iJobs Job Widget
iJobs General

IT Support Analyst - London - £22,000

£20000 - £22000 per annum + Benefits: Ashdown Group: IT Support Analyst - Chel...

KS2 Primary Teacher Plymouth

£21500 - £40000 per annum: Randstad Education Plymouth: Randstad Education Ltd...

Primary Teacher Cornwall

£21500 - £40000 per annum: Randstad Education Plymouth: ***KS1 & KS2 Teachers ...

Year 5 Teacher

£80 - £140 per day: Randstad Education Leeds: Year 5 Teacher KS2 teaching job...

Day In a Page

Read Next

i Editor's Letter: A huge step forward in medical science, but we're not all the way there yet

Oliver Duff Oliver Duff
David Cameron has painted a scary picture of what life would be like under a Labour government  

You want constitutional change? Fixed-term parliaments have already done the job

Steve Richards
Two super-sized ships have cruised into British waters, but how big can these behemoths get?

Super-sized ships: How big can they get?

Two of the largest vessels in the world cruised into UK waters last week
British doctors on brink of 'cure' for paralysis with spinal cord treatment

British doctors on brink of cure for paralysis

Sufferers can now be offered the possibility of cure thanks to a revolutionary implant of regenerative cells
Ranked seventh in world’s best tourist cities - not London, or Edinburgh, but Salisbury

Salisbury ranked seventh in world’s best tourist cities

The city is home to one of the four surviving copies of the Magna Carta, along with the world’s oldest mechanical clock
Let's talk about loss

We need to talk about loss

Secrecy and silence surround stillbirth
Will there be an all-female mission to Mars?

Will there be an all-female mission to Mars?

Women may be better suited to space travel than men are
Oscar Pistorius sentencing: The athlete's wealth and notoriety have provoked a long overdue debate on South African prisons

'They poured water on, then electrified me...'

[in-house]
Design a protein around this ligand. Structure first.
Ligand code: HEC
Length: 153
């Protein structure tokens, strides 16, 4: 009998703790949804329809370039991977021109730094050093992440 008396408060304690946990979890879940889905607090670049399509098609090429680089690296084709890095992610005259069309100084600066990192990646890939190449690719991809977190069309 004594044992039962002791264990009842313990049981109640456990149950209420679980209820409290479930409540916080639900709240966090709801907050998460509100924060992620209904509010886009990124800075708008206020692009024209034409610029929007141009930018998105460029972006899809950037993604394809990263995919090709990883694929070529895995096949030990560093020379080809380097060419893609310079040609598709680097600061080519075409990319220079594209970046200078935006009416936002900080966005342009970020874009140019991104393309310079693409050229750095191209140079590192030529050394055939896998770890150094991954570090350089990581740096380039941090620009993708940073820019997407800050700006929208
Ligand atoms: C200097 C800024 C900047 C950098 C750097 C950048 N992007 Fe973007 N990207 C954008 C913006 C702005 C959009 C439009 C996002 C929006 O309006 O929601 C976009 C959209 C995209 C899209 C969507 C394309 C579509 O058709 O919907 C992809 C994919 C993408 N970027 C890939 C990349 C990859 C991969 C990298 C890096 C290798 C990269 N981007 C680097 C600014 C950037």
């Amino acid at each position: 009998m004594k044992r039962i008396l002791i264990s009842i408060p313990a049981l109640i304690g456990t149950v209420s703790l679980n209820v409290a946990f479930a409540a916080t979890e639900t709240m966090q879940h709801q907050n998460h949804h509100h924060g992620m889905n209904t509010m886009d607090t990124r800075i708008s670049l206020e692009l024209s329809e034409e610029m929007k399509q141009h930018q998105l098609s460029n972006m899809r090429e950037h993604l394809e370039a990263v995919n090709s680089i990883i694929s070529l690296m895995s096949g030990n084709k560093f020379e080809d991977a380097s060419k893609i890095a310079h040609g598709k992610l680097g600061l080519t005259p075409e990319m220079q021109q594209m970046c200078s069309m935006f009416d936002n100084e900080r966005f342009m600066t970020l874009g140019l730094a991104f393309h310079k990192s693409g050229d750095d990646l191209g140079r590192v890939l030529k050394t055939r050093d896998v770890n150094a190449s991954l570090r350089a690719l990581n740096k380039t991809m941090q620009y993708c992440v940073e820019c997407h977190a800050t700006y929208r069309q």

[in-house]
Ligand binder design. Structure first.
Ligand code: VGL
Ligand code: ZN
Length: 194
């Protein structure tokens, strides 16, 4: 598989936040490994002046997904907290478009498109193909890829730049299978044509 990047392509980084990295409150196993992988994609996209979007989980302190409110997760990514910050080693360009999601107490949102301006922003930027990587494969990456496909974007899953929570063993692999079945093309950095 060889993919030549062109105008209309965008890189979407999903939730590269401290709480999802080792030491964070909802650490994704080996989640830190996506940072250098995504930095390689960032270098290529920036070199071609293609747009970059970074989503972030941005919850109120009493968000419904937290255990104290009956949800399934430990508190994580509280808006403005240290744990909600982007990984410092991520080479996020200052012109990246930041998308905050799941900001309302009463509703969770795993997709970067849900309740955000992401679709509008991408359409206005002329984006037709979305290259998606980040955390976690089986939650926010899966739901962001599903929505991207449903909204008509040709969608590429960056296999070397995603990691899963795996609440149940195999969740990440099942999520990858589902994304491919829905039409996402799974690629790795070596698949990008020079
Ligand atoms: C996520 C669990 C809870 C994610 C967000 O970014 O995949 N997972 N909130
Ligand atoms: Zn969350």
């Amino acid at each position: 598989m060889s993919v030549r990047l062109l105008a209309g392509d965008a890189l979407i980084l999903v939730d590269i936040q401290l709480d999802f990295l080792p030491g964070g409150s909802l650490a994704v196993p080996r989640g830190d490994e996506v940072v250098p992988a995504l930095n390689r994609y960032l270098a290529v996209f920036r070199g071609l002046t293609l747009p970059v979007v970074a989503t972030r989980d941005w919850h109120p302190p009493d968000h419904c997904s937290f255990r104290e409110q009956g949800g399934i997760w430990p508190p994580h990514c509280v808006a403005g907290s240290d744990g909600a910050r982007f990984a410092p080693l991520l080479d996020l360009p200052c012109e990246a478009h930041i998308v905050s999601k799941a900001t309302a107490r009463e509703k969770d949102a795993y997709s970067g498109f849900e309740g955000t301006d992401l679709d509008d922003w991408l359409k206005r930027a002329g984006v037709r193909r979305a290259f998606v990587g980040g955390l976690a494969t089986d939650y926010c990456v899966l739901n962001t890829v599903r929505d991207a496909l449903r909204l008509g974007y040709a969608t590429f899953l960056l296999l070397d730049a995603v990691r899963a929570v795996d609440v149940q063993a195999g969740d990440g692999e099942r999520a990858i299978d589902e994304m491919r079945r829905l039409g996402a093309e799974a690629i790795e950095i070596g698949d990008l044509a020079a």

If Oscar Pistorius is sent to jail, his experience will not be that of other inmates
James Wharton: The former Guard now fighting discrimination against gay soldiers

The former Guard now fighting discrimination against gay soldiers

Life after the Army has brought new battles for the LGBT activist James Wharton
Ebola in the US: Panic over the virus threatens to infect President Obama's midterms

Panic over Ebola threatens to infect the midterms

Just one person has died, yet November's elections may be affected by what Republicans call 'Obama's Katrina', says Rupert Cornwell
Premier League coaches join the RSC to swap the tricks of their trades

Darling, you were fabulous! But offside...

Premier League coaches are joining the RSC to learn acting skills, and in turn they will teach its actors to play football. Nick Clark finds out why
How to dress with authority: Kirsty Wark and Camila Batmanghelidjh discuss the changing role of fashion in women's workwear

How to dress with authority

Kirsty Wark and Camila Batmanghelidjh discuss the changing role of fashion in women's workwear
New book on Joy Division's Ian Curtis sheds new light on the life of the late singer

New book on Ian Curtis sheds fresh light on the life of the late singer

'Joy Division were making art... Ian was for real' says author Jon Savage
Sean Harris: A rare interview with British acting's secret weapon

Sean Harris: A rare interview with British acting's secret weapon

The Bafta-winner talks Hollywood, being branded a psycho, and how Barbra Streisand is his true inspiration
Tim Minchin, interview: The musician, comedian and world's favourite ginger is on scorching form

Tim Minchin interview

For a no-holds-barred comedian who is scathing about woolly thinking and oppressive religiosity, he is surprisingly gentle in person
Boris Johnson's boozing won't win the puritan vote

Boris's boozing won't win the puritan vote

Many of us Brits still disapprove of conspicuous consumption – it's the way we were raised, says DJ Taylor
Ash frontman Tim Wheeler reveals how he came to terms with his father's dementia

Tim Wheeler: Alzheimer's, memories and my dad

Wheeler's dad suffered from Alzheimer's for three years. When he died, there was only one way the Ash frontman knew how to respond: with a heartfelt solo album